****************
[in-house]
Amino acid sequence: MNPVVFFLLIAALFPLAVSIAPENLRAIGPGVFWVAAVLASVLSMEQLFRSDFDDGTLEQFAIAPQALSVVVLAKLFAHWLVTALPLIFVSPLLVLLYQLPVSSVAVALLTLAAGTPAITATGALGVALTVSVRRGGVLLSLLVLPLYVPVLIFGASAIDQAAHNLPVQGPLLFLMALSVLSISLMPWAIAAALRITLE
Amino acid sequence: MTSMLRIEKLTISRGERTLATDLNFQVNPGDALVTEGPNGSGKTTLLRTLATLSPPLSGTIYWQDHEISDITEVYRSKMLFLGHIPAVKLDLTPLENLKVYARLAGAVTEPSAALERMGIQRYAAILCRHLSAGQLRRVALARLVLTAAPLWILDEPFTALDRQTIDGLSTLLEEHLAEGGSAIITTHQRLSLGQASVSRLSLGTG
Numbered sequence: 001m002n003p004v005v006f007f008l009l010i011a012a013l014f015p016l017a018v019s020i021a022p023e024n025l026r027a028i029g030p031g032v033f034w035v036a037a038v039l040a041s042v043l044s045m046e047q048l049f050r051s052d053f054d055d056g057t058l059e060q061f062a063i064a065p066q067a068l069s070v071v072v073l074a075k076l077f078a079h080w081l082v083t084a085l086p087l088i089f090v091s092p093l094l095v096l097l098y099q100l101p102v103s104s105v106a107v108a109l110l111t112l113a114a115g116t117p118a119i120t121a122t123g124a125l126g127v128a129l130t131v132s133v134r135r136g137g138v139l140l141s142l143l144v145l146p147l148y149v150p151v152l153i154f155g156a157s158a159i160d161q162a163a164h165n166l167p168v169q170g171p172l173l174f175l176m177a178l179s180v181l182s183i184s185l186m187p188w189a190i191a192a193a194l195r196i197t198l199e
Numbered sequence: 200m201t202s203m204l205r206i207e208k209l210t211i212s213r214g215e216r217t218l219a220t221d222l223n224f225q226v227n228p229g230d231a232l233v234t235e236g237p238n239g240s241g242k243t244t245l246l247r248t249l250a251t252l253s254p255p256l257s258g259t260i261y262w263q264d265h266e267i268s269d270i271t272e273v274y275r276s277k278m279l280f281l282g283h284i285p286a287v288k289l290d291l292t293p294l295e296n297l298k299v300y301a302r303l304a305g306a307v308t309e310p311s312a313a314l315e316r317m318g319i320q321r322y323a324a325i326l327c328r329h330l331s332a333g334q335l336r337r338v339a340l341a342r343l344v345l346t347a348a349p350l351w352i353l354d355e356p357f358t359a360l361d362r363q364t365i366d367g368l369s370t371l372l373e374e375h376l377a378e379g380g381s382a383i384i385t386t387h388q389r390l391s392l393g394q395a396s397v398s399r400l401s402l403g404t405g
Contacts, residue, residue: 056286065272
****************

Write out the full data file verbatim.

[in-house]
Amino acid sequence: MNPVVFFLLIAALFPLAVSIAPENLRAIGPGVFWVAAVLASVLSMEQLFRSDFDDGTLEQFAIAPQALSVVVLAKLFAHWLVTALPLIFVSPLLVLLYQLPVSSVAVALLTLAAGTPAITATGALGVALTVSVRRGGVLLSLLVLPLYVPVLIFGASAIDQAAHNLPVQGPLLFLMALSVLSISLMPWAIAAALRITLE
Amino acid sequence: MTSMLRIEKLTISRGERTLATDLNFQVNPGDALVTEGPNGSGKTTLLRTLATLSPPLSGTIYWQDHEISDITEVYRSKMLFLGHIPAVKLDLTPLENLKVYARLAGAVTEPSAALERMGIQRYAAILCRHLSAGQLRRVALARLVLTAAPLWILDEPFTALDRQTIDGLSTLLEEHLAEGGSAIITTHQRLSLGQASVSRLSLGTG
Numbered sequence: 001m002n003p004v005v006f007f008l009l010i011a012a013l014f015p016l017a018v019s020i021a022p023e024n025l026r027a028i029g030p031g032v033f034w035v036a037a038v039l040a041s042v043l044s045m046e047q048l049f050r051s052d053f054d055d056g057t058l059e060q061f062a063i064a065p066q067a068l069s070v071v072v073l074a075k076l077f078a079h080w081l082v083t084a085l086p087l088i089f090v091s092p093l094l095v096l097l098y099q100l101p102v103s104s105v106a107v108a109l110l111t112l113a114a115g116t117p118a119i120t121a122t123g124a125l126g127v128a129l130t131v132s133v134r135r136g137g138v139l140l141s142l143l144v145l146p147l148y149v150p151v152l153i154f155g156a157s158a159i160d161q162a163a164h165n166l167p168v169q170g171p172l173l174f175l176m177a178l179s180v181l182s183i184s185l186m187p188w189a190i191a192a193a194l195r196i197t198l199e
Numbered sequence: 200m201t202s203m204l205r206i207e208k209l210t211i212s213r214g215e216r217t218l219a220t221d222l223n224f225q226v227n228p229g230d231a232l233v234t235e236g237p238n239g240s241g242k243t244t245l246l247r248t249l250a251t252l253s254p255p256l257s258g259t260i261y262w263q264d265h266e267i268s269d270i271t272e273v274y275r276s277k278m279l280f281l282g283h284i285p286a287v288k289l290d291l292t293p294l295e296n297l298k299v300y301a302r303l304a305g306a307v308t309e310p311s312a313a314l315e316r317m318g319i320q321r322y323a324a325i326l327c328r329h330l331s332a333g334q335l336r337r338v339a340l341a342r343l344v345l346t347a348a349p350l351w352i353l354d355e356p357f358t359a360l361d362r363q364t365i366d367g368l369s370t371l372l373e374e375h376l377a378e379g380g381s382a383i384i385t386t387h388q389r390l391s392l393g394q395a396s397v398s399r400l401s402l403g404t405g
Contacts, residue, residue: 056286065272